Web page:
Small State, Big Eats: Where to Dine in Rhode Island Now

Where to dine in Rhode Island

Prateek Shewakramani may have gone to Providence to go bar-hopping with friends, but he found some of the best food he’s ever had — and that’s saying a lot from someone who lives in New York City.

“The wings at the Rosendale are some of the best I’ve ever eaten, even better than the hundreds here in NYC — tons of flavors and fried just right,” he said. “And the chicken and waffles I had the next day was an amazing brunch. Everything is so close-by you can walk and get a few different experiences and vibes — you still have the old family-run places, but there are all of these new places popping up with creative menus and twists on traditional cuisines.”

Among his favorites is Local 121, half restaurant, half “saloon-like” bar that after years of being used as a dining hall by Johnson & Wales University—whose culinary school has become a Providence talent incubator—was renovated to reveal beautiful original woodwork. Today, cafeteria trays are nowhere to be found, but the hideaway spotlights local beers, creative cocktails, and such inventive apps as pizza with a fried-dough crust.

Where to dine in Rhode Island

Shewakramani is just one foodie singing this small city’s praises, which is also a favorite day trip for area chefs. Michael Schlow makes it a point to do at least one summer drive from his home in Boston for a lobster roll at Hemenway’s, and Rachel Klein, an alum of several Boston hot spots including Liquid Art House and Providence’s X.O. Café, thinks of her former home fondly.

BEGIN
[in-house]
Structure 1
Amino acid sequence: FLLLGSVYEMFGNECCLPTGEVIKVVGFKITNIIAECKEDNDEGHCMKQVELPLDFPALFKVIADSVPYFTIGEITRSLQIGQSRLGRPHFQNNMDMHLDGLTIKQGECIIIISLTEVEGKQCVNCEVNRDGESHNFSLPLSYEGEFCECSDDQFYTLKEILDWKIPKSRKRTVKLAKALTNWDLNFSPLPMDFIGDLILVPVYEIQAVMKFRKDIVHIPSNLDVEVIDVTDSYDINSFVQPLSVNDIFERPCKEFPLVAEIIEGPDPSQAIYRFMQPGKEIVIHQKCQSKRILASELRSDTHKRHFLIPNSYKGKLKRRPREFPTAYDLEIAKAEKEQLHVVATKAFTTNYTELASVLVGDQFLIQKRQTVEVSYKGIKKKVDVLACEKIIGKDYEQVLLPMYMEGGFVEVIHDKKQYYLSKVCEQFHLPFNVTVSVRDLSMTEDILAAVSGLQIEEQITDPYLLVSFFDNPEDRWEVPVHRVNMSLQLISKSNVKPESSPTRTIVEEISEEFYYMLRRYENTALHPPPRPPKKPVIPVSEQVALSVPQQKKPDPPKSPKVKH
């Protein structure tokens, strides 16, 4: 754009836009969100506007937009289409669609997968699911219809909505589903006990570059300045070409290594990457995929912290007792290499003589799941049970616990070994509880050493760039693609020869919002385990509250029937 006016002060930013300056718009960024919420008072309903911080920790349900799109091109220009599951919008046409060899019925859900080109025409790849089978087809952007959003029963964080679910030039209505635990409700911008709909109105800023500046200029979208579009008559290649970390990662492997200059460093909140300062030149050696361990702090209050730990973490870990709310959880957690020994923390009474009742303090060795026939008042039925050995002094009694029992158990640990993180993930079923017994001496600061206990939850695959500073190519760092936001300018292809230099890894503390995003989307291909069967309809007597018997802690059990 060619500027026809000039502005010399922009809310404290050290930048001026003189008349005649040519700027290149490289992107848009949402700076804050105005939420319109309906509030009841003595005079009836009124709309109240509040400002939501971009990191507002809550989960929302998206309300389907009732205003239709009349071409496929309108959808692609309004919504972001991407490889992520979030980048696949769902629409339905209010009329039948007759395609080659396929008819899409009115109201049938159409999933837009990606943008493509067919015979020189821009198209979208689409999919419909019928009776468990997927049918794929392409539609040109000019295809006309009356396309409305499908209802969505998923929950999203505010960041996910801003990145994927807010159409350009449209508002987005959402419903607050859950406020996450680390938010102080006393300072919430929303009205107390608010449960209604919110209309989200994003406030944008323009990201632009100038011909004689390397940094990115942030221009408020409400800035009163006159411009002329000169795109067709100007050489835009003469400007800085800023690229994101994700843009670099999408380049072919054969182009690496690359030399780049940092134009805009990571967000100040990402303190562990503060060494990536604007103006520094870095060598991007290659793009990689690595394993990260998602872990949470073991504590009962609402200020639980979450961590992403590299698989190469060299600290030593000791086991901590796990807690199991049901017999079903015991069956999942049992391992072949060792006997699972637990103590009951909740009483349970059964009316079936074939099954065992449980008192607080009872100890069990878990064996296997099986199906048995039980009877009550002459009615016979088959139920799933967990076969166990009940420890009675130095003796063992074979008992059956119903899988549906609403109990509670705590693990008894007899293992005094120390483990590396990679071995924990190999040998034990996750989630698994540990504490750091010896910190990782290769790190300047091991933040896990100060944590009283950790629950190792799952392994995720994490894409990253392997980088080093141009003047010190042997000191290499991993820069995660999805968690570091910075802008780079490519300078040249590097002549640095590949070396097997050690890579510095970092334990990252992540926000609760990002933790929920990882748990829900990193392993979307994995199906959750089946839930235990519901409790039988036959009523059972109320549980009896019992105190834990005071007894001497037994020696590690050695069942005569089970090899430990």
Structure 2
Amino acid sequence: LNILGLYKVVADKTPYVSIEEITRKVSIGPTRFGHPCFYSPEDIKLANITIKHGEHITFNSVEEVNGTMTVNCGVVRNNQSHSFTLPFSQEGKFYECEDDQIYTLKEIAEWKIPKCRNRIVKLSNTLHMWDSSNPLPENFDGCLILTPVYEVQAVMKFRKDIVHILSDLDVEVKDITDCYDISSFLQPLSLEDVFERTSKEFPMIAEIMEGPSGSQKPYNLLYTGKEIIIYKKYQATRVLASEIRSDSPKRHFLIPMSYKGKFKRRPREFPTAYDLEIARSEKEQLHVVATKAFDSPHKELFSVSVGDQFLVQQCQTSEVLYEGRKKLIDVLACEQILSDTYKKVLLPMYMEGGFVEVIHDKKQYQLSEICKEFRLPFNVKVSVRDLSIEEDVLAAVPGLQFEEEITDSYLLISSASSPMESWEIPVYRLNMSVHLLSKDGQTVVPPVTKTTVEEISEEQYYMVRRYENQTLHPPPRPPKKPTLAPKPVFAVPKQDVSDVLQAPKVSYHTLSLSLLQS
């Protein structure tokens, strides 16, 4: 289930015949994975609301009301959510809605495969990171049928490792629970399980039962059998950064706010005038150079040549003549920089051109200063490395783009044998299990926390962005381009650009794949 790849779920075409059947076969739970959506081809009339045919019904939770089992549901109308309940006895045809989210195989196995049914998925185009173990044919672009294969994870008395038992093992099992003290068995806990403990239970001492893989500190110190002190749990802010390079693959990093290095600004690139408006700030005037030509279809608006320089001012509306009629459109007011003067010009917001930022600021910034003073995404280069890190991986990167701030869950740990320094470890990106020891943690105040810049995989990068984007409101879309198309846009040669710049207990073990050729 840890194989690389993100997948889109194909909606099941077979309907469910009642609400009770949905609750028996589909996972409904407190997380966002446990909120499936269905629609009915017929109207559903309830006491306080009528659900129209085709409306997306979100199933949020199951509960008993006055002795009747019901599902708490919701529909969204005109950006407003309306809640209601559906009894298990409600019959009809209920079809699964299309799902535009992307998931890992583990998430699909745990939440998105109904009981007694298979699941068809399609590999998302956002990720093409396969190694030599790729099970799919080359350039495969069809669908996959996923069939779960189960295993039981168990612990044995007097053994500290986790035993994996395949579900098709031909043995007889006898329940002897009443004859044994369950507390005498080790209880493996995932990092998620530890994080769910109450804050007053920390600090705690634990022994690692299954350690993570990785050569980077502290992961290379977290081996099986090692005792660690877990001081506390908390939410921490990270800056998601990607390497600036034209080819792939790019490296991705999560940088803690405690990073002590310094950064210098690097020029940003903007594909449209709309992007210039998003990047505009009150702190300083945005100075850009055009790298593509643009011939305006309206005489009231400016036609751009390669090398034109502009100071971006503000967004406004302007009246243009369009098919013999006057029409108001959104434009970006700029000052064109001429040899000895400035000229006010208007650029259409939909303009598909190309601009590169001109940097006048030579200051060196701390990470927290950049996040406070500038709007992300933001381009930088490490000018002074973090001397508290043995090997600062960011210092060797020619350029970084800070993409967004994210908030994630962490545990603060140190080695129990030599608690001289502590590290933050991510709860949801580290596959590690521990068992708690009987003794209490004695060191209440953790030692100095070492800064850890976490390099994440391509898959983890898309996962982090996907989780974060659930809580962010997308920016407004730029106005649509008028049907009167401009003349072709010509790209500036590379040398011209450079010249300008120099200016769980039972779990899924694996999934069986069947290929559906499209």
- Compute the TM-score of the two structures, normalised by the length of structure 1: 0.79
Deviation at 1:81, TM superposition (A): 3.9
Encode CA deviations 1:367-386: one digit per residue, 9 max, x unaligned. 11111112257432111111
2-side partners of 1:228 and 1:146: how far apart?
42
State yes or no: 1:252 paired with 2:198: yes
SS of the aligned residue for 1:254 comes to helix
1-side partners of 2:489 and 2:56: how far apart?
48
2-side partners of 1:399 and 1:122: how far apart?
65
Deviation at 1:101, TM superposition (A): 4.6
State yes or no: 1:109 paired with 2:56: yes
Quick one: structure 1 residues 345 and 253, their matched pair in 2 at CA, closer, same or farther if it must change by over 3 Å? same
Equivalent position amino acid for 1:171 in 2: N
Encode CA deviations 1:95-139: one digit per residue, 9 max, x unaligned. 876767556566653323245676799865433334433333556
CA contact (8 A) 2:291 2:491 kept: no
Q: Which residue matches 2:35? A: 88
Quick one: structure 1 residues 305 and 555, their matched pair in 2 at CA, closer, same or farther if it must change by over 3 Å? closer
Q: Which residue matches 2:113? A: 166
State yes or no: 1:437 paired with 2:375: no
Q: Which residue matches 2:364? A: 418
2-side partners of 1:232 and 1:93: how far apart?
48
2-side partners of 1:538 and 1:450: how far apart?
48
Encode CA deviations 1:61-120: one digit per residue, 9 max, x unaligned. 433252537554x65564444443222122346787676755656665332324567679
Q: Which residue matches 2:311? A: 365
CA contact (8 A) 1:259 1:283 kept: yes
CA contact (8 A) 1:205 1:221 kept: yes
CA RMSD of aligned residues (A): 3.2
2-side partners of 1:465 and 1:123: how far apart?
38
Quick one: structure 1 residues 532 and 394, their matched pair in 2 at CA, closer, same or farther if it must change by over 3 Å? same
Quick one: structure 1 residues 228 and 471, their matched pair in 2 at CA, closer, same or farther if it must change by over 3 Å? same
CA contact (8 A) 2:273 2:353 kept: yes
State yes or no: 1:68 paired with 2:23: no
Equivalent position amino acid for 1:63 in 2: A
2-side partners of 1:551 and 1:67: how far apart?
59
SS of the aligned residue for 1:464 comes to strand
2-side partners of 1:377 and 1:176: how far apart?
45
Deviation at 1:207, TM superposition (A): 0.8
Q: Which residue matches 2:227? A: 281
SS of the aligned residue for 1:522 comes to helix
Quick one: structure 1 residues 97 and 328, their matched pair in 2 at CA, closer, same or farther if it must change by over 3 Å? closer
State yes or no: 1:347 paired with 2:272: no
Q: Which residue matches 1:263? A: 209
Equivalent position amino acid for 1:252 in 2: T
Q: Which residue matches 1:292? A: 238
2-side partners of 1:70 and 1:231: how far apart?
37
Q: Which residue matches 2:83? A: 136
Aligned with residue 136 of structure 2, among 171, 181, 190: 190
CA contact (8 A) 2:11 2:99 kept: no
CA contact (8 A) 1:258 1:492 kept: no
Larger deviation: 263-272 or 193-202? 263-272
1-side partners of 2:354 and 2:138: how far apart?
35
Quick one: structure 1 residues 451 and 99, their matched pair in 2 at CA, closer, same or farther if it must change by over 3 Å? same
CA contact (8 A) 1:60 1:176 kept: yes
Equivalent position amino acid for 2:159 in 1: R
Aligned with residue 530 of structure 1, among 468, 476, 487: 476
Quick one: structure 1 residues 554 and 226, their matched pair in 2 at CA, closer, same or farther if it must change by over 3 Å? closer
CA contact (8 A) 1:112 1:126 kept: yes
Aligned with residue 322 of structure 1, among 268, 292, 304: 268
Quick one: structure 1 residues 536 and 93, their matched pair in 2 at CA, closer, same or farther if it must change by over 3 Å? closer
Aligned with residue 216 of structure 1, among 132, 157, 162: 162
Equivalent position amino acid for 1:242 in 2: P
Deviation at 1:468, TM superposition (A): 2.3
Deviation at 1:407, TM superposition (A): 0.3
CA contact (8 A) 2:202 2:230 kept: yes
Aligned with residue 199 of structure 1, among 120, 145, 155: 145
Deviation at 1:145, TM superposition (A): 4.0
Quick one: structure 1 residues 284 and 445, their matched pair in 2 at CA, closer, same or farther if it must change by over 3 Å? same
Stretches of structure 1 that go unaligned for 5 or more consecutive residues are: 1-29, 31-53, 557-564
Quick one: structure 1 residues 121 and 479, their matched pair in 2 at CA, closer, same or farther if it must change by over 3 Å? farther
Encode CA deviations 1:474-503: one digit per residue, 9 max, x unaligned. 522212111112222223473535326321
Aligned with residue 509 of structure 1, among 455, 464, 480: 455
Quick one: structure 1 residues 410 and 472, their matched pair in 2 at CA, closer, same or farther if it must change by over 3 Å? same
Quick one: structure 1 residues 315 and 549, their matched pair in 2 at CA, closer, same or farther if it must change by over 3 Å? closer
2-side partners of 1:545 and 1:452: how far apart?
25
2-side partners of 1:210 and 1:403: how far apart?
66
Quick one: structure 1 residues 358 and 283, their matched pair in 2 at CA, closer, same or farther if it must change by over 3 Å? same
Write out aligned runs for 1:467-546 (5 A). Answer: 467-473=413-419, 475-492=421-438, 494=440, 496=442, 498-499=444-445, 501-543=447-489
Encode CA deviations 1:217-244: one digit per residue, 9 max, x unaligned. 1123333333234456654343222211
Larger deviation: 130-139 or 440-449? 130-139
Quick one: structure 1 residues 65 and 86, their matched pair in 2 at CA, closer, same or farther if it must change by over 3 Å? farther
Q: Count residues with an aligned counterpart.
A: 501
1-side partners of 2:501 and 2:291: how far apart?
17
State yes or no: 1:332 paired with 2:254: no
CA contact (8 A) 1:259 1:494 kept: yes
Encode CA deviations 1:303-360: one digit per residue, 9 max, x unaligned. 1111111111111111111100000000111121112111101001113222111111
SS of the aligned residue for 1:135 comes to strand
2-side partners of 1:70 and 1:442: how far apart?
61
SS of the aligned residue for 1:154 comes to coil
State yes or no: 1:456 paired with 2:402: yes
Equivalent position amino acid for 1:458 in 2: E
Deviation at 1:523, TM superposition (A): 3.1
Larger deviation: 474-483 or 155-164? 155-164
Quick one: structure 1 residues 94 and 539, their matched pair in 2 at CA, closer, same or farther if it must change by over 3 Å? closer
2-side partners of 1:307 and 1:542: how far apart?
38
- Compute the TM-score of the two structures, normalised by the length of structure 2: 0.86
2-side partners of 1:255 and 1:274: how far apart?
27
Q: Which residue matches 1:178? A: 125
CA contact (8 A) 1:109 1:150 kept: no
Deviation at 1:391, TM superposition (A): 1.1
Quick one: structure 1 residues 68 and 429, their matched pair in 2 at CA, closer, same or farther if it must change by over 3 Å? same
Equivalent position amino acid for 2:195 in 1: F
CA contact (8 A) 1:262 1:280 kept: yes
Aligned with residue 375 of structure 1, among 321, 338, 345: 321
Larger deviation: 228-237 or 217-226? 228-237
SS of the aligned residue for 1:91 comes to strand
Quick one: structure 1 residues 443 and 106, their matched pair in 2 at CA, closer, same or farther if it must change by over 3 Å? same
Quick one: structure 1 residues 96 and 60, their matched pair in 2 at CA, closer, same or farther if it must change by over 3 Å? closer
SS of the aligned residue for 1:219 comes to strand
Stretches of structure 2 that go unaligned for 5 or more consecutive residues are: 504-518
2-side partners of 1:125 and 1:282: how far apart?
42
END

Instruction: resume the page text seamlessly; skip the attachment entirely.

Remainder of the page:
“It’s an awesome city — it’s so small but there’s so much going on, especially on the food scene. You’ve got Gracie’s, Nick’s on Broadway, and now Champe Speidel’s opened Persimmon.”

Robert Sisca, another J&W grad who lives in nearby Cranston, R.I., commuted over an hour to Boston’s Bistro du Midi before deciding this winter to keep it as locally sourced as his produce. Now with a shortened commute as the corporate executive chef at the ProvidenceG, a historic building that includes swank Garde de la Mer, the all-seasons upscale bar Rooftop at the G and Providence GPub, he’s able to dedicate his time to inventive menus, training kitchen leaders, and working with local farmers and vendors. The results are apparent tableside: delicate Hamachi crudo with Asian pears, green garlic, and almonds (pictured), smoked white asparagus soup with a poached egg, prosciutto, and frisse, and layers of crispy-sweet French toast topped with duck confit, lingonberry, and a cured egg yolk all grace the menu.

Where to Dine in Rhode Island

But the creativity doesn’t stop on the plate, says ProvidenceG director of operations Jeff Mancinho. “Art is such a foundation here, just like the culinary scene. We’re trying to integrate it all and capture everything that is Rhode Island,” he said. Mancinho’s latest endeavor includes working with local artists on digital pieces for his renovated space that will transform over time, and reflect the city’s attitude of changing with the times.

Where to dine in Rhode Island

Providence hosts outdoor arts festivals and music events almost each weekend from spring through fall and as home to the Rhode Island School of Design there’s a larger focus on integrating compelling media into the everyday (including painting murals on large brick building “canvases” downtown) says Christina Robbio of the city’s visitors bureau. The most famous art installation, the eighty bonfires installed on rivers running through the city center as part of the WaterFire sculpture by Barnaby Evans, are incorporated into several evenings of music and entertainment annually.